Note how this opening confidently integrates technical detail and even slips in an informal citation on the journey to the thesis. Here, setting acts as a character, moving our story’s protagonist to imagine a woman’s long-ago death, and we also recognize the writer’s seriousness of purpose about her work as she (as a character in the tale) contemplates the woman’s fate from a “small mound of sand and broken rocks in northern Kenya.” Just as she was taken to this important place and moment in her life, we are taken there with her as well through narrative.

Here is another example from an introduction to a student's application to medical school:

When I was little my grandfather gave me piggyback rides, brought me donuts every day when he came home from work, and taught me about nature. A simple farmer who survived World War II and lived most of his life under Russian occupation, he told me why trees grow so high, why I should not pull a cow by its ear, and why I should not chase chickens across the back yard. As fond as I was of him, as I grew and became more educated I also saw how this great man made bad choices about his health. I constantly nagged him about his smoking and poor diet. He loved bacon with eggs and milk straight from the cow. In response to my nagging he would simply say, "Eh, you are so young, what do you know?" One morning after breakfast when I was sixteen, he had a heart attack and died in the kitchen while waiting for an ambulance to arrive.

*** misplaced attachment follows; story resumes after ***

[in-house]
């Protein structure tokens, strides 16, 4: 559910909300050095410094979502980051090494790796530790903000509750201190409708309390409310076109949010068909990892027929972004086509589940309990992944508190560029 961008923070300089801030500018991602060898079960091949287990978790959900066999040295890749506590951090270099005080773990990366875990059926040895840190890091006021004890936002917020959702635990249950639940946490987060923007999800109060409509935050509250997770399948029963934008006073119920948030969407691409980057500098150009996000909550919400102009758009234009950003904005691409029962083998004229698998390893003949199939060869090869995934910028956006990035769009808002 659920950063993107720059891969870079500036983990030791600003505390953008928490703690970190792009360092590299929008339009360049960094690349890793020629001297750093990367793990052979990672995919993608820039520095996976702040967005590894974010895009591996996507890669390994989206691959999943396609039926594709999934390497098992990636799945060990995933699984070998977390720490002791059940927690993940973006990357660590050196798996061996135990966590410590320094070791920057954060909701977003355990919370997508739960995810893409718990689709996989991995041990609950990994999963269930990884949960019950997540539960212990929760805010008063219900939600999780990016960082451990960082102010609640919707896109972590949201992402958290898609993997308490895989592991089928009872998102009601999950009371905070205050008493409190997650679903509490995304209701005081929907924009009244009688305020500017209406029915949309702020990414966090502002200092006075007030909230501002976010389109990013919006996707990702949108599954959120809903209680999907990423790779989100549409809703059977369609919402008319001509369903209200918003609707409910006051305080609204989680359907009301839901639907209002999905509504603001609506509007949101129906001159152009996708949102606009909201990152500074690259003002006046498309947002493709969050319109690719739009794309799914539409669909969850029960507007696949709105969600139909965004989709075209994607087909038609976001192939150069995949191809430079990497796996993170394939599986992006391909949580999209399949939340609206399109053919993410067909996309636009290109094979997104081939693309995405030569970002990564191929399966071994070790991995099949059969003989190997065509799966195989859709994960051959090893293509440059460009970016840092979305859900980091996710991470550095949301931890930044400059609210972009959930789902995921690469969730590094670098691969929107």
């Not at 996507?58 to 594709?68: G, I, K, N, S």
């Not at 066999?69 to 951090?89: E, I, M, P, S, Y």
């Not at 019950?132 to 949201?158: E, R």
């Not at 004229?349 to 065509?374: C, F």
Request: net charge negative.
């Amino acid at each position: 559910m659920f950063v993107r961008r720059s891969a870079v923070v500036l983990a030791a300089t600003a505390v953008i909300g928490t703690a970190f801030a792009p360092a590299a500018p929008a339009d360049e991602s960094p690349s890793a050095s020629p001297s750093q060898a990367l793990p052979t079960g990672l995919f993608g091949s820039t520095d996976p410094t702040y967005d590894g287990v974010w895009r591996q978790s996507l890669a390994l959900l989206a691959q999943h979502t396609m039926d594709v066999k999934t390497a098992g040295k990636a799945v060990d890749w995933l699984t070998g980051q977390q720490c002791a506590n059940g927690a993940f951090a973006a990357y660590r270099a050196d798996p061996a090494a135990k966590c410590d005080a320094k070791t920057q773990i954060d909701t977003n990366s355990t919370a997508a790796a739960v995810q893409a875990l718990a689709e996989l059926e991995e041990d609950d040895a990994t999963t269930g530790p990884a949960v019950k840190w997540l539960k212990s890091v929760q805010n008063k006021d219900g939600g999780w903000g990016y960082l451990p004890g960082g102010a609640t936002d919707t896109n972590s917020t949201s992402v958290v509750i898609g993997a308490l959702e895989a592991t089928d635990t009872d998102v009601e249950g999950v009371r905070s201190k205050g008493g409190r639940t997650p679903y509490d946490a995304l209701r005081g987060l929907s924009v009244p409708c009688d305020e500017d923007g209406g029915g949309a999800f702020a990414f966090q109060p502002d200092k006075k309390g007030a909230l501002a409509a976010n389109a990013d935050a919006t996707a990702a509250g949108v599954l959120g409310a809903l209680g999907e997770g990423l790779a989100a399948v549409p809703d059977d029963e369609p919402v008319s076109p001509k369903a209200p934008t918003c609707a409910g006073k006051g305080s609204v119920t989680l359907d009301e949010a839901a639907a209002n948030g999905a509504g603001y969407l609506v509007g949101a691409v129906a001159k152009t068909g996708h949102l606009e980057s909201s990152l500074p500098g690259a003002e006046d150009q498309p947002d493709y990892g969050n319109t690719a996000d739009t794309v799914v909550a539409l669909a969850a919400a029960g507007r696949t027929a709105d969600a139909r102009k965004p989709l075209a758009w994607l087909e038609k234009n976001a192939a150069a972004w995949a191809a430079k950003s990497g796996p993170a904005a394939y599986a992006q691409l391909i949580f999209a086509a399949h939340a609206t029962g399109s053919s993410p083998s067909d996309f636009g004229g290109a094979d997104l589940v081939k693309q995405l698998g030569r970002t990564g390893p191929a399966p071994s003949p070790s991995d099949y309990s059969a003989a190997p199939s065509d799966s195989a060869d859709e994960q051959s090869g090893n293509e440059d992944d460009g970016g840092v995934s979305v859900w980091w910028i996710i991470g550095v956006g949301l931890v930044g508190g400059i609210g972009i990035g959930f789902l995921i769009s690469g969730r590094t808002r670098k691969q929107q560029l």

Here we find a writer who simultaneously evokes the memory of his beloved grandfather and also introduces us to his own sensibility. Simple details about his simple upbringing make up a brief but vivid tale with a tragic end, and thus we understand a very personal motivation behind this writer's choice of career.

Other essays open with much briefer and less narrative personal stories, sometimes relying on just one line to set the context, with the writer heading to a purpose statement shortly thereafter. Here are some straightforward but artful beginnings to personal statements from Donald Asher’s book Graduate Admissions Essays:

I attended seventeen different schools before high school.
I spent the morning of my eighteenth birthday in an auditorium with two hundred strangers.